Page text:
Writing your goal is making a commitment to yourself to do the tough things regularly. By keeping this in a visible place, the visual reminder prompts your brain to keep going, because you remember those vivid reasons why you are doing it all. 

Put your goals on your fridge.

5. Schedule it!

You are more likely to do the daily and weekly actions if you write them down and schedule them into your life. Put them into your calendar or diary or set a reminder. Make them part of your life and give your brain the expectation that you have set time aside for this. 

put it in your calendar

6. Don’t rely on willpower – it doesn’t work

If you want to get up early to go to the gym, don’t rely on willpower. What should you do instead? Put things in place to make it as easy as possible to get to the gym. Remove all possible barriers that you can. Here’s how I got up at 6am for 18 months to go to the gym before work: 

prep your kit the night before.

Set out my week’s clothes on Sunday night

Organised my breakfasts, so I had enough protein and was organised in advance

Packed my gym bag the night before (with my breakfast)

Put my gym clothes next to my bed

Filled my water bottle and put it ready

Bought an alarm clock and moved it to the other side of the bedroom

Charged my phone at the other side of the bedroom overnight to avoid distraction

Got an accountability buddy to check my progress

These things helped me to get straight out of bed and be in the car in less than ten minutes. This helped me to sustain a gym habit that I never thought I would have, but which I needed after a knee operation.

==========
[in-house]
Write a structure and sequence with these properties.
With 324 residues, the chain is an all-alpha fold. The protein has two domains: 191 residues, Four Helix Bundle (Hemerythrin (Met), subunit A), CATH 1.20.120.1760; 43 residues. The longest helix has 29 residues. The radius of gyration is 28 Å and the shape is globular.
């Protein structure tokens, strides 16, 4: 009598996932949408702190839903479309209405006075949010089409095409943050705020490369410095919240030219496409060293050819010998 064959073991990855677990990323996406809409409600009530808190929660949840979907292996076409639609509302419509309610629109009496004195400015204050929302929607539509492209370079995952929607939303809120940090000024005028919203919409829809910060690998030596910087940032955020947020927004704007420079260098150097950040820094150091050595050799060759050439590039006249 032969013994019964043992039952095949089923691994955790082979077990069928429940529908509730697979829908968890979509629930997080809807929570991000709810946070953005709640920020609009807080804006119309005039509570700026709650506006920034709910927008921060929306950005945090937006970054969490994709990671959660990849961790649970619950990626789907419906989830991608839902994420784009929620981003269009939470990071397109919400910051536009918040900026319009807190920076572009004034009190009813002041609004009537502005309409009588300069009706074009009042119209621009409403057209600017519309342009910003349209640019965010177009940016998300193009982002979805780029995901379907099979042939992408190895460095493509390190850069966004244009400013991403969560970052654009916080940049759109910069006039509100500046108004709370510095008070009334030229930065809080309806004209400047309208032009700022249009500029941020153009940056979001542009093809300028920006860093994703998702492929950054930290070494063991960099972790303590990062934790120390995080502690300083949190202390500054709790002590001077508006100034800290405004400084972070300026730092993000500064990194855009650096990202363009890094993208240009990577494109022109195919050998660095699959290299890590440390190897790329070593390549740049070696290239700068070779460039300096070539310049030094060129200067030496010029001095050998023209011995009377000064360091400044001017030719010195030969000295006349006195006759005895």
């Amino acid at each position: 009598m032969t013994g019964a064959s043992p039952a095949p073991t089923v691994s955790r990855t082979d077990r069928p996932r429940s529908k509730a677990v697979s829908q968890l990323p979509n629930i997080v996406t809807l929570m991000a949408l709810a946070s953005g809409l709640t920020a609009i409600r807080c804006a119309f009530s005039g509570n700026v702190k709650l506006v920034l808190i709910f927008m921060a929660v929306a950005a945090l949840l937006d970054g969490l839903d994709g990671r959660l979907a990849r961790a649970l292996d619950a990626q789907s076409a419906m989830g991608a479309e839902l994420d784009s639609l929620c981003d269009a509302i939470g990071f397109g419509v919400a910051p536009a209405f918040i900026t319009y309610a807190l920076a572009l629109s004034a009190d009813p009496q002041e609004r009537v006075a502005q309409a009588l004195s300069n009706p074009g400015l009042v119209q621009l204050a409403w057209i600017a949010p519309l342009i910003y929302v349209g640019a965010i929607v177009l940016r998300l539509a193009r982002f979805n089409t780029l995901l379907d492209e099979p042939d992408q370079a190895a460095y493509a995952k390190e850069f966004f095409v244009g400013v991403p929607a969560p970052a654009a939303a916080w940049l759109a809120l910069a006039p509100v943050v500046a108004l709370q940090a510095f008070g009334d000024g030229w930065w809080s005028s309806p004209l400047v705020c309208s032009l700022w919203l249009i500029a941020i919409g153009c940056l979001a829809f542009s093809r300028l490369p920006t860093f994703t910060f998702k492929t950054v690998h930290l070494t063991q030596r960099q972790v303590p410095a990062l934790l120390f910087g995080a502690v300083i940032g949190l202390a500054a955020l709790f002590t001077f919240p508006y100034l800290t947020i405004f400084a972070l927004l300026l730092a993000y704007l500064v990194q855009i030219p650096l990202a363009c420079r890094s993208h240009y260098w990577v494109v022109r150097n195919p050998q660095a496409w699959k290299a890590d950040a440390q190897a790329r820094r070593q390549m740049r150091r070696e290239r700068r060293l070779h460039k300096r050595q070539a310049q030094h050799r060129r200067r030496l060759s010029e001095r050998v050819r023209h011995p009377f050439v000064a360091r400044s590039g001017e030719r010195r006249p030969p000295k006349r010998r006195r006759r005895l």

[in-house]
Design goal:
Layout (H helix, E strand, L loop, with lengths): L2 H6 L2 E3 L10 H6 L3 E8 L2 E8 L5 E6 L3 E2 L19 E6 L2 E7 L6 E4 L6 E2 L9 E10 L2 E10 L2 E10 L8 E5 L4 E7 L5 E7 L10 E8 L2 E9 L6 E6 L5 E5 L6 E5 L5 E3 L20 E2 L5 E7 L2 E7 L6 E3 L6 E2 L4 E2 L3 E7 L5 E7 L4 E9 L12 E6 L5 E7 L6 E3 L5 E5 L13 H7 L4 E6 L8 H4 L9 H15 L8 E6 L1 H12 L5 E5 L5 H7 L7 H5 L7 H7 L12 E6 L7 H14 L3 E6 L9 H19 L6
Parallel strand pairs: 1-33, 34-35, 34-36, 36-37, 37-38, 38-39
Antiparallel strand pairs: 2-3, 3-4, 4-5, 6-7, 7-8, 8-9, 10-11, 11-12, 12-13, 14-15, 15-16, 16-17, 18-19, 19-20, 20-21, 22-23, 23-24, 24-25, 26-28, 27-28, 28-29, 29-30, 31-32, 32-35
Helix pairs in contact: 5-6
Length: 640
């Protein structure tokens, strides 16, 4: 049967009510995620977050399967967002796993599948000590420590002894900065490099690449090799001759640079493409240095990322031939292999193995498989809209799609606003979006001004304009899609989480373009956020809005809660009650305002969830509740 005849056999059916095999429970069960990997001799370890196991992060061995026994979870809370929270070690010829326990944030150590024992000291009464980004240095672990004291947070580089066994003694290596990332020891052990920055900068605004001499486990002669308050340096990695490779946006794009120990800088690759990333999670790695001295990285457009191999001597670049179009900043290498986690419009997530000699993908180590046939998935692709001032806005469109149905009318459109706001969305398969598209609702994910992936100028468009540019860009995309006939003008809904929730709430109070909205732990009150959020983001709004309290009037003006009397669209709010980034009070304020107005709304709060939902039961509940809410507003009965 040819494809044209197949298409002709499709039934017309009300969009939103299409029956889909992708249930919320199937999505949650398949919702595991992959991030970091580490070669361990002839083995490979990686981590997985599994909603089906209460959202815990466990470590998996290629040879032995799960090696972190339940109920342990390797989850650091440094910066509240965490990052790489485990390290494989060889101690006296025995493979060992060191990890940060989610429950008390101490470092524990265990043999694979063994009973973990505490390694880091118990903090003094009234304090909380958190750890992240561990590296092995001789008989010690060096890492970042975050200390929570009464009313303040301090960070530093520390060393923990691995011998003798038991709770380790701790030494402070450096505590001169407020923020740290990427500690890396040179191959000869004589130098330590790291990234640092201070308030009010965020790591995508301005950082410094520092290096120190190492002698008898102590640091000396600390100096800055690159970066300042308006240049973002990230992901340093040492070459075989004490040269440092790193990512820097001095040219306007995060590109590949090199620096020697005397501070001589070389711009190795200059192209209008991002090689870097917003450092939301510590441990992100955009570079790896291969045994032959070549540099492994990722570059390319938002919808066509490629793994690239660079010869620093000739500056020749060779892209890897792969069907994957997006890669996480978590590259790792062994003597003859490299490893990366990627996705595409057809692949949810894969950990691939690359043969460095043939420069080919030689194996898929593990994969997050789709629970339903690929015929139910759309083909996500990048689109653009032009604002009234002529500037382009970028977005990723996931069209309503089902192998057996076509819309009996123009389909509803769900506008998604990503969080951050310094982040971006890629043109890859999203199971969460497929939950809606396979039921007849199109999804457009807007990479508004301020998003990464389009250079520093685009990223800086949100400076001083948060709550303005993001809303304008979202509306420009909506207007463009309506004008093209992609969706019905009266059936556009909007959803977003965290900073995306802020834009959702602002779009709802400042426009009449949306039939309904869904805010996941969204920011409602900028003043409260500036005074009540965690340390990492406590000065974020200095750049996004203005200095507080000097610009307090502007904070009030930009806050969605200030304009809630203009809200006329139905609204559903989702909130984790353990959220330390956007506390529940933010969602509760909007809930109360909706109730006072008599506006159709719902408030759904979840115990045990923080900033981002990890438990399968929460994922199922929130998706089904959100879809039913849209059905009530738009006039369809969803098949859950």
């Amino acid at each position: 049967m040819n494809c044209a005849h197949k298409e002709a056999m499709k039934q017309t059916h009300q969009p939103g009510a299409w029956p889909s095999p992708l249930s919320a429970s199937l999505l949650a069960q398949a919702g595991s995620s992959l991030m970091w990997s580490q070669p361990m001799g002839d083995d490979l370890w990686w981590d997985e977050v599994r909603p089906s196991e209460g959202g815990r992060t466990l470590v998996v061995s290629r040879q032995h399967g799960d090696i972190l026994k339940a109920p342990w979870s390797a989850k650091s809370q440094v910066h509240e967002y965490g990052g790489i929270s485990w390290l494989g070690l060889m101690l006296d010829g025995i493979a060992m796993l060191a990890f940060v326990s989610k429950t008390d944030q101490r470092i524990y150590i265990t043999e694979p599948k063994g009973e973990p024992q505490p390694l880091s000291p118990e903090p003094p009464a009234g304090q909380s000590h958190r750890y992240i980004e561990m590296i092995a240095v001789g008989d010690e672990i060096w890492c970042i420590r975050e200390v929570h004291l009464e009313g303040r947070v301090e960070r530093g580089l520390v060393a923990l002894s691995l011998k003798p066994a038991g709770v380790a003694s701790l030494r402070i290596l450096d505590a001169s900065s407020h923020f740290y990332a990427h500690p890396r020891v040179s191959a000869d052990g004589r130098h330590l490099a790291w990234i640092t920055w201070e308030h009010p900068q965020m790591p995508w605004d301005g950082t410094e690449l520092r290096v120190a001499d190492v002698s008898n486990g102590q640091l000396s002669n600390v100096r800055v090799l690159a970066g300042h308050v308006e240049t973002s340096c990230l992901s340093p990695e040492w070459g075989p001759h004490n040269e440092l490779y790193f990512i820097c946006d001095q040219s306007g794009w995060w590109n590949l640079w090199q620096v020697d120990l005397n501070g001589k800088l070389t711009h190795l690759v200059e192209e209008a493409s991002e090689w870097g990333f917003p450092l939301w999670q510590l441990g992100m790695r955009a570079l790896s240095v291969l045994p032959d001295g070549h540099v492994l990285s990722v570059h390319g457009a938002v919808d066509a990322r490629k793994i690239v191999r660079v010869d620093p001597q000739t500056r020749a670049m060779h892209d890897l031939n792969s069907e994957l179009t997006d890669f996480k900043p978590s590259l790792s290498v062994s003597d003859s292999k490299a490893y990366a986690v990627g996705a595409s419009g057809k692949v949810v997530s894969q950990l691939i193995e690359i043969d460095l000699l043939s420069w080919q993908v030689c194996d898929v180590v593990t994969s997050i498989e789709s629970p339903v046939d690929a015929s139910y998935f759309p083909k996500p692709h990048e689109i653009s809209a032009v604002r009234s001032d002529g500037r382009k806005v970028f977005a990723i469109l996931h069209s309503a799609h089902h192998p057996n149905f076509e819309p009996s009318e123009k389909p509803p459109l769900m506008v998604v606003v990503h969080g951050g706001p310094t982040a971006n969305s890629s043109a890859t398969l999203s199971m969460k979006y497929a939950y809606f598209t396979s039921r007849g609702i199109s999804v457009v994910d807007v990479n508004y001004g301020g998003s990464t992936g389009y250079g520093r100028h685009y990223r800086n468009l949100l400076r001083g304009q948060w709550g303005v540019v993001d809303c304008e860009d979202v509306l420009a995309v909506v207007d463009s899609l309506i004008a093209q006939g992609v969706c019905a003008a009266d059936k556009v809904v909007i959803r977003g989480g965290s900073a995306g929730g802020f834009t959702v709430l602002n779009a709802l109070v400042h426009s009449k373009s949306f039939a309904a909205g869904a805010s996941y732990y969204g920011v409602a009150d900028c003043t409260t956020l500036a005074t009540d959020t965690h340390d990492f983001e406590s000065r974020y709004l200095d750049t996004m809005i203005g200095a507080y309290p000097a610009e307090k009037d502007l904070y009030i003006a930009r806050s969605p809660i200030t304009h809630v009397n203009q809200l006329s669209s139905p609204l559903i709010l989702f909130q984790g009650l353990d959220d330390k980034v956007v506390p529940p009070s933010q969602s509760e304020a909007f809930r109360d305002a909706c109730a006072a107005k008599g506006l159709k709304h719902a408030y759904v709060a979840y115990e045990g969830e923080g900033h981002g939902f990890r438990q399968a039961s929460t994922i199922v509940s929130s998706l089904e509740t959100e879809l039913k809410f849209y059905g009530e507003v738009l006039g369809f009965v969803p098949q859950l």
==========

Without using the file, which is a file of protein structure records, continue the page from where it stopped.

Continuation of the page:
7. Attach to an old habit

Building habits takes time. By attaching a new habit to an old one, you develop new neural pathways that make it easier for your brain. 

Want to build up your antagonistic arm muscles? Rather than going to the gym, perhaps you could do five press-ups every time you go to the toilet during the day. Loo time, press-up time. It’s surprising how many press-ups you can get into a day. 

do it after you've been to the loo.

8. Reward yourself

Rewards come in all shapes and sizes. Here we are talking about the daily small rewards which can boost the dopamine and keep your motivation going. Rewards like: 


A special cup of tea when you’ve done

Saving your morning coffee to after your task

Doing a little dance when you finish

Clapping and congratulating yourself verbally in a fun voice

Giving yourself a coin to put into a special kitty

Going for a walk round the garden

Calling a colleague for a reward chat

These don’t cost money. Often the successful rewards are the ones like doing a dance, which releases the endorphins, because you’ve got moving and achieved your daily task.

We know that it’s a bit of a strange time right now, but it doesn’t mean we can’t be working towards our goals in some way or another. Whether that’s a climbing goal for the future, or if it’s something related to your home or work life.

Let us know in the comments what goal you’re going to be working on. After all, that’s writing it down!

Good luck!

1 Comment
  • Lorna Fewtrell
    April 19, 2020 at 7:01 pm

    Great article with practical advice. Not all of my ‘goals’ are smart but some like ‘get to grips with technology’ motivate me, so I see an opportunity (e.g. zoom meetings) instead of a pain in the bum and something I can’t be bothered to do. I have been quite amazed by the things I have embraced rather than avoided simply by having it as something I think about. All my goals are written in my diary and each month in the ‘plans for the month’ section I set more specific things that I want to achieve (e.g. covering an average of 10km a day under my own steam).